Contact

I love when people visit here and I welcome your comments and input. You can comment on any post or contact me privately at embracingwade@gmail.com

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21 thoughts on “Contact

  1. Hello Leticia and Mick. I was really proud to read your story, being the mother of a son with Down Syndrome who is nearly 49 years. He has just left the house to go to Hoppers Crossing to visit a friend. Now the Richmond year has finished he fills his time in with the finals and will concentrate on cricket as soon as the footy season is over. He attends a Workshop two days a week, (not his favourite), and three days at the CAE still learning. We have had lots of “moments” in his 48+ years, and still get them, when I least expect. All the best. Margaret

  2. Hello Leticia and Mick,
    I am contacting you with a different perspective. That of an integration aide at a Primary School in Victoria who has had the absolute pleasure of working with two Down Syndrome children on a daily basis for the past 6 years. A girl who is now in Grade 6 and a boy who is now in Grade 5. Their accomplishments are many, their integration into the school community has been embraced by all at our school and they hold an integral position within our school. They are warmly encouraged and accepted by all they meet, such are their personalities, and I can say from personal experience that they have brought more to my life and to that of our whole school community that any of us could bring to theirs. It does require patience and understanding to teach these children but the rewards are so exciting and satisfying to everyone. You will have to always remain your child’s strongest advocate but with the help of your community and DSV your son will always have the best and most valuable support he can ever receive.
    My very best wishes to you both.
    Rhonda Brown

    • Thankyou. The support from professionals such as yourself will help Wade be the best he can be. Thanks for the work you do. I’m sure your work is greatly appreciated by the families you deal with.

  3. Dear Letitia and Mick, Congratulations on a lovely article in today’s magazine. What a wonderful attitude you have and what wonderful adventures await you. Our son, Joe, is 13 years old, has DS and really keeps us on our toes! He is in Year 7, plays soccer in the mainstream competition and will be performing in the school musical early next year. You can watch him waterskiing on Youtube by searching “Joe B is waterskiing”. He has a wicked sense of humour and is very social – loves to be with his mates. He has two sisters, 15 and 9, and has given us so many incredibly special moments. Having Joe wasn’t what we expected but is so much more colourful and rewarding than I could have imagined. It isn’t a bed of roses and sometimes it gets really hard and frustrating but I have friends with kids who are ‘100% perfect’ and cause their parents infinitely more grief than Joe ever causes us. Joe always brings out the best in people – the bigger, hairier and more covered with the tattoos, the more willing they are to give him a ride on their Harley. Have a wonderful time enjoying Wade’s development. He will amaze you on a regular basis. With lots of love, Maree and Anthony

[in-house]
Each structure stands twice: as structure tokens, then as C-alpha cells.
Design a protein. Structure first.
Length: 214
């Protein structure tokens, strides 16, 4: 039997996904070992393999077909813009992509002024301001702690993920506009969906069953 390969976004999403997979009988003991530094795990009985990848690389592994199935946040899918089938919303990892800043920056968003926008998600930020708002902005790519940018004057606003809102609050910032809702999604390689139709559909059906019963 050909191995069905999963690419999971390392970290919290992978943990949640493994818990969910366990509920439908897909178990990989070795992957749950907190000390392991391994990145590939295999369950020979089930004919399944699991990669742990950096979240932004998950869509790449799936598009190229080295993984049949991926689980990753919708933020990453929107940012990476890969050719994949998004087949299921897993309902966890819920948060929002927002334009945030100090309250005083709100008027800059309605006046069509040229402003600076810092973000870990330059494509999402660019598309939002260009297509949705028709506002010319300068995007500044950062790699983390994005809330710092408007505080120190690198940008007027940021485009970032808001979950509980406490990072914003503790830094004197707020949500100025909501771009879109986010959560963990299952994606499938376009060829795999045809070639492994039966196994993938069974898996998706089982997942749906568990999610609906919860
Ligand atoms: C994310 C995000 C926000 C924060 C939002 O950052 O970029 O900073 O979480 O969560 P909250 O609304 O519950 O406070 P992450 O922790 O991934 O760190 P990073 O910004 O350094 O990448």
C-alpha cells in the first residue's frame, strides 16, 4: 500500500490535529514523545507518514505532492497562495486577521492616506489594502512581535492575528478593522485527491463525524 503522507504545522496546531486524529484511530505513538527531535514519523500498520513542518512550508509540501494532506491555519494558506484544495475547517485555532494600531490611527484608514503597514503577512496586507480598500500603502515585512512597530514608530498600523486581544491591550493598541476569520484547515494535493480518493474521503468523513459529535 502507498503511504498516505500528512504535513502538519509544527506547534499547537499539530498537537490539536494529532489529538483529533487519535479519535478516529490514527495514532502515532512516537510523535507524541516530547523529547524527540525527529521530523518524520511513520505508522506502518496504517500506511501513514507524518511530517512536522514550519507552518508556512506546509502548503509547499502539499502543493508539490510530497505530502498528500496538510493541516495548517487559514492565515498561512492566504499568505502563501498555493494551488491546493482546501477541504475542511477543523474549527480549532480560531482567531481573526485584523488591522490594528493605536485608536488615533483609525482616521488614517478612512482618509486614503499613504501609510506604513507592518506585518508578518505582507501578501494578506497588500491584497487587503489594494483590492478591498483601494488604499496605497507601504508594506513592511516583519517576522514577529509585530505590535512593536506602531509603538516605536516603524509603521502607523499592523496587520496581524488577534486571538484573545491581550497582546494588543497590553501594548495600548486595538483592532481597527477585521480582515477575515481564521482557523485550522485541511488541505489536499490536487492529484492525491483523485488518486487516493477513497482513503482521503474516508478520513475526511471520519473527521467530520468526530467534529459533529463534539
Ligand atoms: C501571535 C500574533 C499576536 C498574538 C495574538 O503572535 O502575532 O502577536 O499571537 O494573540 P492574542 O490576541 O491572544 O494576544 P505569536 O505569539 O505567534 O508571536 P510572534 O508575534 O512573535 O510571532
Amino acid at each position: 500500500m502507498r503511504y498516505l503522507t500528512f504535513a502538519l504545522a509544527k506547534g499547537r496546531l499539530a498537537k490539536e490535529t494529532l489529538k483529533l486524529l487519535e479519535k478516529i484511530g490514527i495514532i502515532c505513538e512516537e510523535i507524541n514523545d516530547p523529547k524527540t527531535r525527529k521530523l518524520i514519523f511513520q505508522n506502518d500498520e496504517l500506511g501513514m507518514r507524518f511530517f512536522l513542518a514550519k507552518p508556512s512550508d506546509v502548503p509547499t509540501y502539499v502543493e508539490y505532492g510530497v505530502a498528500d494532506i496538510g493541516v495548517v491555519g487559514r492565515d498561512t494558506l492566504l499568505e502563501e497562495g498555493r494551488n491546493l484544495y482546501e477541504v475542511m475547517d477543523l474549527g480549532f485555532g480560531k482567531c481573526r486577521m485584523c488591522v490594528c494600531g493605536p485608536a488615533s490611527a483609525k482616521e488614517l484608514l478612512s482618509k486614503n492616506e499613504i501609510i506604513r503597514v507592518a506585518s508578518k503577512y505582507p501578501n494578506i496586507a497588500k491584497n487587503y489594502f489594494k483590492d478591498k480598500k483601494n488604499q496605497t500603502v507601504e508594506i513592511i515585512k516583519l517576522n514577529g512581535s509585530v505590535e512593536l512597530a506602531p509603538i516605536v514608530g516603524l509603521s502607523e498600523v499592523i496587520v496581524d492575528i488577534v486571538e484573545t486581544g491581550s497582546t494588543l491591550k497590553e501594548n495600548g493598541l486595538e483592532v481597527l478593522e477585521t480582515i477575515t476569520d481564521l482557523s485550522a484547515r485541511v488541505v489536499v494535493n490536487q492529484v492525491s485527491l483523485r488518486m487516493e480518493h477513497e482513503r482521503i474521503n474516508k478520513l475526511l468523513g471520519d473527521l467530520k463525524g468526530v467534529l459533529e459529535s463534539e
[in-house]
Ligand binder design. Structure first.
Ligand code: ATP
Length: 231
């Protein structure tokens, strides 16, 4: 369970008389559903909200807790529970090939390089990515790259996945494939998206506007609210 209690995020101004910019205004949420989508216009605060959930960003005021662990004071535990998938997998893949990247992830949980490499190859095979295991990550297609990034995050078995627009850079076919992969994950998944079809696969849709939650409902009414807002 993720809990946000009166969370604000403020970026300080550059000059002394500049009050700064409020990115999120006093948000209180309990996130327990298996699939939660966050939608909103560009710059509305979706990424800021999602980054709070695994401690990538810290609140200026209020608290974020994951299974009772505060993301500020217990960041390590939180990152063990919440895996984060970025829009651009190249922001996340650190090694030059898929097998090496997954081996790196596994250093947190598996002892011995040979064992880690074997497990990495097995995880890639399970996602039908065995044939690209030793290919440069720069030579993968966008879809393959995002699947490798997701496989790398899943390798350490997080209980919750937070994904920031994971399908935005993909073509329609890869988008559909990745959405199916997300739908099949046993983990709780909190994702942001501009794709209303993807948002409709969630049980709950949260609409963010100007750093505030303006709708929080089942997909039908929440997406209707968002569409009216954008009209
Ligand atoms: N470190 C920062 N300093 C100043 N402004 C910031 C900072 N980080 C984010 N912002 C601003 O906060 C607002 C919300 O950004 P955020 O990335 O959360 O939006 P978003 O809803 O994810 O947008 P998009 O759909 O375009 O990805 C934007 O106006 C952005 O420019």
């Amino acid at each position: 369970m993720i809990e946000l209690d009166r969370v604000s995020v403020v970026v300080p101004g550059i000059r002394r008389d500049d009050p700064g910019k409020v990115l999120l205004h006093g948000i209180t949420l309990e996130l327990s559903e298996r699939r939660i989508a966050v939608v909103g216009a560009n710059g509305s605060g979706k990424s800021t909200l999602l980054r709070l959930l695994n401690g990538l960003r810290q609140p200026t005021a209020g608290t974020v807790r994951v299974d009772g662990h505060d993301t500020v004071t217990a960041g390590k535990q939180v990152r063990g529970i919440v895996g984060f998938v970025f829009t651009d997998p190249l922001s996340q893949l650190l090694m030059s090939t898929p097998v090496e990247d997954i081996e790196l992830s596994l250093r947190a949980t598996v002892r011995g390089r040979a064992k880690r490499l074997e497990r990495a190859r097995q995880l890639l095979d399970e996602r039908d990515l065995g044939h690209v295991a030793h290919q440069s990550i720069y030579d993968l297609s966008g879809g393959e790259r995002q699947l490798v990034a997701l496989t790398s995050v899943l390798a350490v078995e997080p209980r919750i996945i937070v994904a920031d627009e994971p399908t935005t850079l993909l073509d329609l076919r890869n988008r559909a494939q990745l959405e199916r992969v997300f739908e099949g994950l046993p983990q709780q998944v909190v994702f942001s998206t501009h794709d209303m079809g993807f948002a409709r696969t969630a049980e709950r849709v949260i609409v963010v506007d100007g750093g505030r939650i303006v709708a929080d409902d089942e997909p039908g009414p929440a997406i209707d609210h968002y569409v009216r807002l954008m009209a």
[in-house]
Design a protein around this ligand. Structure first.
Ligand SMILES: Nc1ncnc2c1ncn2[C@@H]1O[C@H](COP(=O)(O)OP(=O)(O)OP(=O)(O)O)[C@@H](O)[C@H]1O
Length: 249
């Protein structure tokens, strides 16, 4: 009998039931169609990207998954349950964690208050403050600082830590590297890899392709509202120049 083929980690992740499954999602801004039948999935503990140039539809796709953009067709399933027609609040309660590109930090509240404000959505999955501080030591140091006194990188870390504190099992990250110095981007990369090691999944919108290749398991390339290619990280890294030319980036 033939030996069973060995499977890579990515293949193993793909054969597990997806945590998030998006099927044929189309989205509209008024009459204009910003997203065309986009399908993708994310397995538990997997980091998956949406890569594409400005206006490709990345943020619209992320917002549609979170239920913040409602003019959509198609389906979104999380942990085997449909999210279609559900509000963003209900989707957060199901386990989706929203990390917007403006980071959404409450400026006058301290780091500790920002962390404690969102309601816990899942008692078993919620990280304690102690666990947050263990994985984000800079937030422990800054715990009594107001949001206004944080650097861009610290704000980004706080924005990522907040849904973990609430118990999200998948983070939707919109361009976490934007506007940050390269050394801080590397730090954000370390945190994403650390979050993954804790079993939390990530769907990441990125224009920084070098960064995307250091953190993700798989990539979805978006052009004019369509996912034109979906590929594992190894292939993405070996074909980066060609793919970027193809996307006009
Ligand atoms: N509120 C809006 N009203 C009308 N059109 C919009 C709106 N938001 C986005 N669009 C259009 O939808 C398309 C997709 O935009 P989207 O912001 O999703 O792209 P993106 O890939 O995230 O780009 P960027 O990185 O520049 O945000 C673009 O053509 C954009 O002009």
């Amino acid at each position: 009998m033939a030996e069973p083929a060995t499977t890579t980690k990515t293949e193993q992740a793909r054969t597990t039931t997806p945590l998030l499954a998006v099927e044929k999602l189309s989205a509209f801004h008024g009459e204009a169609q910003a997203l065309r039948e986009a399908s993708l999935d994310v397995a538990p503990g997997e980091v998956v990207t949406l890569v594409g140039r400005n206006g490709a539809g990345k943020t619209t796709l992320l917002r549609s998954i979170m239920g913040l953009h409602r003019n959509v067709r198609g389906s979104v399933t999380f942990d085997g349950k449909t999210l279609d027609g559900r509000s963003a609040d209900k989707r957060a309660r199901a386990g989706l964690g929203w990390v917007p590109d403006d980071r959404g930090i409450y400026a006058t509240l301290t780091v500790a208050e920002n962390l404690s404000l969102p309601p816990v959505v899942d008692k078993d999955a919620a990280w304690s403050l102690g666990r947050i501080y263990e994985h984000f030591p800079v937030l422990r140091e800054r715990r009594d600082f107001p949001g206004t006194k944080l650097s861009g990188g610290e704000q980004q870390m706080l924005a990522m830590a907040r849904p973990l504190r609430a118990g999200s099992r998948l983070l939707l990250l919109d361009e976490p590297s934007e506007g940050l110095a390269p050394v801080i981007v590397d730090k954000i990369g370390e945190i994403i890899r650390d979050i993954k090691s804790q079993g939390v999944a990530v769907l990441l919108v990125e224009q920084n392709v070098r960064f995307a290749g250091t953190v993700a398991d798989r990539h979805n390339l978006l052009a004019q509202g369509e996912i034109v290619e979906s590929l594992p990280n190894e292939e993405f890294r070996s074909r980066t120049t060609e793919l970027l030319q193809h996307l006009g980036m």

4. Just thought I would mention, My Downs Syndrome cousin lived until last year aged 70. I recently went on a cruise where a wonderful 45 ish Down Syndrome woman shared our table on several occasions with her mother. What a delight she was. Her conversation was excellent, with a great sense of humour. She participated in everything, including snorkelling, and getting in and out of inflatables. Walked over rough territory with humour. We are the better for having met her and her mum (of 90 odd years). Jan.

  5. hello leticia and mick…. i have a son with down syndrome too and he is now 12years old….. he is the most loving and caring person in the world and i can’t imagine life without him…. he gives me so much joy…. we never had any help from anyone or any organisation it’s just me and my husband… he learned to walk and talk all by himself .. we did not have to go to any therapist… and he is now happy to go to school everyday.. he is very smart that he knows more about all this new technology than me that sometimes i have to ask him about this…i raised him him like a normal kid and never think of him as a child with special need. your boy is so cute and looking at him brings back memory when my son was his age…. wade is very lucky to have you as a parent….